Story on ‘How to be the best boss’

Southland dairy farmers hold workshop on looking after staff

Staff must feel valued, Southland dairy farmers Stefan and Annalize du Plessis say.

The couple headlined the workshop “How to be the best boss” at the South Island Dairy Event in Invercargill last month.

Mrs du Plessis said the couple moved from South Africa to New Zealand in 2001 and knew nothing about farming.

They were once the ones looking for jobs to progress in the industry.

“We know how we felt when we went for job interviews.”

They have been dairy farming in Dipton since 2008.

Their business, Mosa Farming, runs two farm operations about 20km apart – 50/50 sharemilking 730 cows and contract milking 630 cows.

The couple won the New Zealand Dairy Industry Awards Share Farmer of the Year category in 2010.

Their staff nominated them for the PaySauce Best Boss Award, which they won in 2022.

That same year they also won the Small Business Recognition Award at the Primary Industries Good Employer Awards.

Annalize said their business needed motivated staff and they needed to retain them.

“So we’ve put a lot of things in place to make that happen.”

Before employing staff, she checked their references.

She encouraged anyone looking for work in the dairy industry to ask potential employers for references of former staff for them to contact.

“You shouldn’t be scared to ask.”

Stefan said they aimed to run an efficient business, which would help themselves and their staff progress in the industry.

Another priority was allowing a balance so everyone had time to spend with family and friends and no one got burnt out.

Each farm has three full-time staff and another person as a relief milker and calf rearers.

Five of their six staff were younger than 30 and did not have a farming background.

All of the staff were migrants.

The immigration fees of the staff were paid for and reimbursed in time.

Annalize said if their staff wanted to become residents, they would pay the fees for them to do so, provided a 12-month work commitment could be made.

“It helps them and helps us – it would have cost us more if we would have had to find staff.”

Before the new staff arrive in New Zealand, the du Plessis furnished a house, including a dresser containing Mosa Farming-branded work gear and a pantry containing food.

“They feel like someone is going to look after them.”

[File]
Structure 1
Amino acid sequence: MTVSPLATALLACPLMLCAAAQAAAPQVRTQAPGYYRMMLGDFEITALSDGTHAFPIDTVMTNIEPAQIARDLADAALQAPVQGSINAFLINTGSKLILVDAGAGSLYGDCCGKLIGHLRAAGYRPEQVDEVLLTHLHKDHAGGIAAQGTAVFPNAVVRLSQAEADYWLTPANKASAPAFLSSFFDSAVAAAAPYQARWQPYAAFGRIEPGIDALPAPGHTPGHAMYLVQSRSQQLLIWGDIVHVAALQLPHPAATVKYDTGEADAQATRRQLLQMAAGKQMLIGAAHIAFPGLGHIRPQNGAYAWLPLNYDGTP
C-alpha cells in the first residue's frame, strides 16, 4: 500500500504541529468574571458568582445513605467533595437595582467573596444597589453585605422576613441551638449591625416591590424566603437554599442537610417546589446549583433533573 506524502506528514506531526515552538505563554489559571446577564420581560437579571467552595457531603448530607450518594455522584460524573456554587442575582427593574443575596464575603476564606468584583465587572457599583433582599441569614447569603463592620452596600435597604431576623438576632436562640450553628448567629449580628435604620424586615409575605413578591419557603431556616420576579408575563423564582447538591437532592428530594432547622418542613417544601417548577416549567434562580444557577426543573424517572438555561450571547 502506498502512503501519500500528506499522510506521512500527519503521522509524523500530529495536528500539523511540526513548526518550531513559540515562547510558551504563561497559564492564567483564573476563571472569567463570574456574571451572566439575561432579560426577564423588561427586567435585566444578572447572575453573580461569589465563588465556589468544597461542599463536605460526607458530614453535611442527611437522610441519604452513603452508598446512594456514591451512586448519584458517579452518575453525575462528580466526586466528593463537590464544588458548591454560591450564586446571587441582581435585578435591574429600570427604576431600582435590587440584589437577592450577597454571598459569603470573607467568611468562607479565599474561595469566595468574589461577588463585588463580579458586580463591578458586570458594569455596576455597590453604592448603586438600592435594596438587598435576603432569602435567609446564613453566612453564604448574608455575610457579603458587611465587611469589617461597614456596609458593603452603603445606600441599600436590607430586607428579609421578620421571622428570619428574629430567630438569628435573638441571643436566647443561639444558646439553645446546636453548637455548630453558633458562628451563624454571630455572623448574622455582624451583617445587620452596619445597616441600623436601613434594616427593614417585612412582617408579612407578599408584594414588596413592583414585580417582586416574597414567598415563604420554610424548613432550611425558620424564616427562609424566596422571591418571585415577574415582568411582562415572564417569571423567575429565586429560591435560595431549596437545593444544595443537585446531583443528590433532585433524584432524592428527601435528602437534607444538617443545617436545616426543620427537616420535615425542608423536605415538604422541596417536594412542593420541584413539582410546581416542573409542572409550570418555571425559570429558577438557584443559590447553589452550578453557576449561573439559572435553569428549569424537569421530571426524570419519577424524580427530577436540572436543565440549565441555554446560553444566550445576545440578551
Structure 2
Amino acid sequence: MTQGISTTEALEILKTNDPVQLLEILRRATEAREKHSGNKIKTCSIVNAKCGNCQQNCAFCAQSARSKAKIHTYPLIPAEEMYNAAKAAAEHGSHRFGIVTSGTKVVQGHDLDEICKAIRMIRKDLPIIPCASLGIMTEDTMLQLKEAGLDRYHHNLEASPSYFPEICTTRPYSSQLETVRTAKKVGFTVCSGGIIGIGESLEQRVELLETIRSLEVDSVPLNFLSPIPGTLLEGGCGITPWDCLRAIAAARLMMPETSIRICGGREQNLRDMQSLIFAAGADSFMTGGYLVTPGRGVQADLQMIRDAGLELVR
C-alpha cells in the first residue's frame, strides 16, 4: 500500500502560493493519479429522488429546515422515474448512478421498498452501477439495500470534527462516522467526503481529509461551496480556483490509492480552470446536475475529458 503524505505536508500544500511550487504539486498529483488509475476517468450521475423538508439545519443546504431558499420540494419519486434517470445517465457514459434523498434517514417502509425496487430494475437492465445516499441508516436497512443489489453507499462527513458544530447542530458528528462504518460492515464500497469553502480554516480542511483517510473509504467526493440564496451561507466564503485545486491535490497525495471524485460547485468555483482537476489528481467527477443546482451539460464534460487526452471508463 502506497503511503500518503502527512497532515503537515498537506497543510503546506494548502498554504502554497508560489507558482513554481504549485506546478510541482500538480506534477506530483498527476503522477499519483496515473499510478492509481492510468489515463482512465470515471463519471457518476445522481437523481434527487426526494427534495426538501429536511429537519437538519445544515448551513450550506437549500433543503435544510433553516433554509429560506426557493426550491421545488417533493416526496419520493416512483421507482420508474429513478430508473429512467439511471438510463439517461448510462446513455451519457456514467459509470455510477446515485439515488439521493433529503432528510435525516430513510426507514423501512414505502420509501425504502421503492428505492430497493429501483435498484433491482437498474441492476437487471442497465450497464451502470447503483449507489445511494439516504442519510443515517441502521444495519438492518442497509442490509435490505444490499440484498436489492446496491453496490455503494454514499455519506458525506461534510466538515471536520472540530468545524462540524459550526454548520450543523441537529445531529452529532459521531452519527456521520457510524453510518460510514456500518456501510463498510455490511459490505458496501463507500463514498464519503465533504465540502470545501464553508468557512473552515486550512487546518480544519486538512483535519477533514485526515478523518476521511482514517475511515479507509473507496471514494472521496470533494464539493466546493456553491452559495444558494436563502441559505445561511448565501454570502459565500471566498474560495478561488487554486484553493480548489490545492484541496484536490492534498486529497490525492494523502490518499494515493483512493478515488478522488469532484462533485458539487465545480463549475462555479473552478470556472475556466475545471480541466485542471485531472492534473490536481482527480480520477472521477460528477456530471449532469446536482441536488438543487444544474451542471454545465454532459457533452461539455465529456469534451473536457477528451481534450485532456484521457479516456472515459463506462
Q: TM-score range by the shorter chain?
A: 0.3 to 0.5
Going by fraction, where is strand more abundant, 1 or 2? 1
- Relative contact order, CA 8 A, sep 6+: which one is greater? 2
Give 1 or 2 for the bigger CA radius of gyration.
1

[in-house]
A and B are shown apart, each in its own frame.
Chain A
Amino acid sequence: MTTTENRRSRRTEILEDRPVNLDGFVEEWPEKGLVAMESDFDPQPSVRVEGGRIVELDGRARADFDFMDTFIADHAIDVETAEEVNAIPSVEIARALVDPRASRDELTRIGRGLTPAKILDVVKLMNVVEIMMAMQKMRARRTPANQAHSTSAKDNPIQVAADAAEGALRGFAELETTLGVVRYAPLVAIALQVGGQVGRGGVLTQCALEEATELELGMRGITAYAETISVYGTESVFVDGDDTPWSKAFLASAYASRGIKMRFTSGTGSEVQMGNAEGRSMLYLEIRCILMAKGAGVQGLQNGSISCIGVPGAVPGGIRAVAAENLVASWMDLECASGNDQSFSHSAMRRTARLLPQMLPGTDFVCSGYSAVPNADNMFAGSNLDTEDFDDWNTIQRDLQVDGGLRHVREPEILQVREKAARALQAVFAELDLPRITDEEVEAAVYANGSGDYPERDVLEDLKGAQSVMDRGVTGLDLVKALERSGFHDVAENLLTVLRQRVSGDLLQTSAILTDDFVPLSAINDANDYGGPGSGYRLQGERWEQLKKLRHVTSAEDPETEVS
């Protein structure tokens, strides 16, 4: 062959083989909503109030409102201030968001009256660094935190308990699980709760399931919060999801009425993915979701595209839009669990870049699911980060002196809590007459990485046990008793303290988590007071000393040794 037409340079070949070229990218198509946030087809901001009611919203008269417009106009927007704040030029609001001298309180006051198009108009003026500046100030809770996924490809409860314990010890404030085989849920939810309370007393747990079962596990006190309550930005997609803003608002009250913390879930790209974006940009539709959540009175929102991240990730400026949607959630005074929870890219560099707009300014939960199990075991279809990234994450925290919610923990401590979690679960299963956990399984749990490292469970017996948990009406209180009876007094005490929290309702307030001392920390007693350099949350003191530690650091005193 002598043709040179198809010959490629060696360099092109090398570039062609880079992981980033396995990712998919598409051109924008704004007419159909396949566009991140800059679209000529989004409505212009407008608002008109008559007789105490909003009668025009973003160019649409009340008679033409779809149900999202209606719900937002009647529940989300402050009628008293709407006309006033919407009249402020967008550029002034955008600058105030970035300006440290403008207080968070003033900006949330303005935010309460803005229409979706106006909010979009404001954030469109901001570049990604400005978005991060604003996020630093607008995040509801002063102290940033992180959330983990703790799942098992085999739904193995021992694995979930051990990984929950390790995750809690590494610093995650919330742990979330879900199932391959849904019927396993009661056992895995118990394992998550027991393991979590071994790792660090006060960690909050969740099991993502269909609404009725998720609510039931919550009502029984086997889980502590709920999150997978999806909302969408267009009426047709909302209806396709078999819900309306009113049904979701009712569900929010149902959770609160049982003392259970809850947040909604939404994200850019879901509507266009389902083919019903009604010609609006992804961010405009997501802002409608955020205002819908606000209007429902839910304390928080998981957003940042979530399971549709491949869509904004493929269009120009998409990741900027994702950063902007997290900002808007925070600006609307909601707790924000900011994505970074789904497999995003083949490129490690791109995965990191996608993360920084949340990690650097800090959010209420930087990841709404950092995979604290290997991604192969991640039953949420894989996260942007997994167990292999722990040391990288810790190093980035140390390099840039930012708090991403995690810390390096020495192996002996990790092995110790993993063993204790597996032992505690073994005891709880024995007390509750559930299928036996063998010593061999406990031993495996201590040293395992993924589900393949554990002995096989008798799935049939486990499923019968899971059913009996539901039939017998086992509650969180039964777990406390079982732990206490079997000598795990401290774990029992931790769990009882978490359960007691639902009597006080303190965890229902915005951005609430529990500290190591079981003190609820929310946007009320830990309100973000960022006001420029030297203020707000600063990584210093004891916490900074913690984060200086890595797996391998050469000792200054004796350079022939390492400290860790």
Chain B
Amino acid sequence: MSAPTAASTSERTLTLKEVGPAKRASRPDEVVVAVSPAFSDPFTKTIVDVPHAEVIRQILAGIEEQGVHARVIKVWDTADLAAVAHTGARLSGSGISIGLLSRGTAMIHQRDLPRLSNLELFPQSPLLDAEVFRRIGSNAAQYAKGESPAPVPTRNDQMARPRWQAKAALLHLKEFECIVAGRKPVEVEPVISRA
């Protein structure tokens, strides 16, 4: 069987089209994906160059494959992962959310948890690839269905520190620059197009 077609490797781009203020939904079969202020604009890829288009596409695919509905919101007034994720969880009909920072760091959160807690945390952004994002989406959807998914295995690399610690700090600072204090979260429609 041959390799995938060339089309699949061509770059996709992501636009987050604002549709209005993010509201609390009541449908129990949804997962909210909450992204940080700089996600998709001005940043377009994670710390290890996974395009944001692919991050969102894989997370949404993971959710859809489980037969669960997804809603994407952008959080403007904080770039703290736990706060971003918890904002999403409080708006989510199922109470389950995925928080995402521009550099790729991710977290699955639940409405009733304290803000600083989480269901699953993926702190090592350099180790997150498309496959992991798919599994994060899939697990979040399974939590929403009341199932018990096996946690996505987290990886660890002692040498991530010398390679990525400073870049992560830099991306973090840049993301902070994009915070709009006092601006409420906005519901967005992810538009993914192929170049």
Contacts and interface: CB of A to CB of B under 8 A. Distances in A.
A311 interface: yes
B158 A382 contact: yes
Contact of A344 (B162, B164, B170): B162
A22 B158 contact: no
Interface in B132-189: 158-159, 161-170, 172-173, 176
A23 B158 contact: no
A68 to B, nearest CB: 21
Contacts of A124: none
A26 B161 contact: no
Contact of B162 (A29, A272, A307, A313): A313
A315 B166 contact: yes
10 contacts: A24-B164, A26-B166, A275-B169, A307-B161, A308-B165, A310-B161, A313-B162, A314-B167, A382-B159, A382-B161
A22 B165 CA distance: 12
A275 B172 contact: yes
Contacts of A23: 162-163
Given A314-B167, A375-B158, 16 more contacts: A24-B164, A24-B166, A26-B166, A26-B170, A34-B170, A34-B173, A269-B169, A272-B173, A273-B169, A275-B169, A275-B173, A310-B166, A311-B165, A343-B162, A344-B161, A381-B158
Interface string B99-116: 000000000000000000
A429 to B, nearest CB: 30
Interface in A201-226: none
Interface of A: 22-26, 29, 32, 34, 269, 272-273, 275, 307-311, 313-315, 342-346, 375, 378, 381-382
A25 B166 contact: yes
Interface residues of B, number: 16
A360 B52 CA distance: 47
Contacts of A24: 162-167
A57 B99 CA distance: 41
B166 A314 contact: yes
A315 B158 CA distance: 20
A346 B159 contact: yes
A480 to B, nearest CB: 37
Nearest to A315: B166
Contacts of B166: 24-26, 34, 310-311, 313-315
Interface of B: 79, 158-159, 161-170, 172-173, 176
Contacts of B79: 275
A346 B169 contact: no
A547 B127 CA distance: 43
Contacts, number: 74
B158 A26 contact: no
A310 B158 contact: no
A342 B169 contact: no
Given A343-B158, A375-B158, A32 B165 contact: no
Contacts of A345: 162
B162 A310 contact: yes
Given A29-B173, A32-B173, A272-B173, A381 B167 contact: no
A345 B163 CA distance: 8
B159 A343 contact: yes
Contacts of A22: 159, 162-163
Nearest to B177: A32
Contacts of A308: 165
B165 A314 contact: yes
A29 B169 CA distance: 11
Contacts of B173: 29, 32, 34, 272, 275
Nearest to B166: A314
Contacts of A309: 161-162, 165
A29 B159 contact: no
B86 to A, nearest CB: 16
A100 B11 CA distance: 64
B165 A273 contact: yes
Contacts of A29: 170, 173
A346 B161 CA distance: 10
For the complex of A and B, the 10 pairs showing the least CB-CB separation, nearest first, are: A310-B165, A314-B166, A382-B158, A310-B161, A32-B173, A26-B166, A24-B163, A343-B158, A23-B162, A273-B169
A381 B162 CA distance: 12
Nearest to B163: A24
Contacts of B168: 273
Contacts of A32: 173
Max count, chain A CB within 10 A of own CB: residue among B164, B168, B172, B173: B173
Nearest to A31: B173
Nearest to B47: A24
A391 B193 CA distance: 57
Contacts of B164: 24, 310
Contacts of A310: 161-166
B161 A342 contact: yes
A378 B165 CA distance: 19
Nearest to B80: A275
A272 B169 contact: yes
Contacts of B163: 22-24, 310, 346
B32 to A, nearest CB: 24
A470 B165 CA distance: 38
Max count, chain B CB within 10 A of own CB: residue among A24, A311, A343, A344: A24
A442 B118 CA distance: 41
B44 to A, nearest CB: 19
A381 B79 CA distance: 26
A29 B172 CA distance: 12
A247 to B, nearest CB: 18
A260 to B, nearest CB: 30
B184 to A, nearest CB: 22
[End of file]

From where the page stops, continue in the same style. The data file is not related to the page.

The new staff were given a work buddy, someone who did a similar job.

To avoid future problems, there must be a contract and a job description.

Policies, procedures and job expectations must be clear, she said.

An expectation was a farm bike must be cleaned before they left for their rostered days off.

Providing good gear and warm and dry accommodation was a priority.

Stefan said when employing staff, the most important attributes in an employee were turning up for work and having the right attitude.

“Attitude is not No. 1. You can have all the attitude in the world, but if you don’t turn up, it doesn’t mean anything.”

Someone with a willingness to learn could be taught the necessary skills to succeed in the industry.

Staff were given pies and soup during calving and a cooked dinner after the cows were dried off.

Staff bonding activities included curling and dinner out.

“It’ll probably cost us $1000.”

The investment was worth it to retain staff.

All staff were given a credit at a local butcher to buy meat during the year.

Staff wages were fair and raised to cover inflation.

The right amount of training of staff ensured they were worth whatever they were paid.

“If you don’t train, don’t complain.”

Staff were encouraged to enrol for agricultural training courses and fees were paid back once a qualification was achieved.

Annalize said workers loved structure and routine.

“They want to know what they are doing and when they are doing it.”

Technology, such as Facebook Messenger, could be used to communicate with staff and was a good way to share photos to demonstrate best practice.

Staff were given a day off on their birthday and a present.

The biggest part of her job was keeping her staff happy, she said.

“Look after them and say thank you, they just want to feel appreciated, like all of us.”

The dairy sector had a staff shortage, so any existing staff needed to be looked after to ensure they were retained as part of your team.

She thought of the word team as an acronym.

“Together everyone achieves more.”

Source: Otago Daily Times – 14 July 2023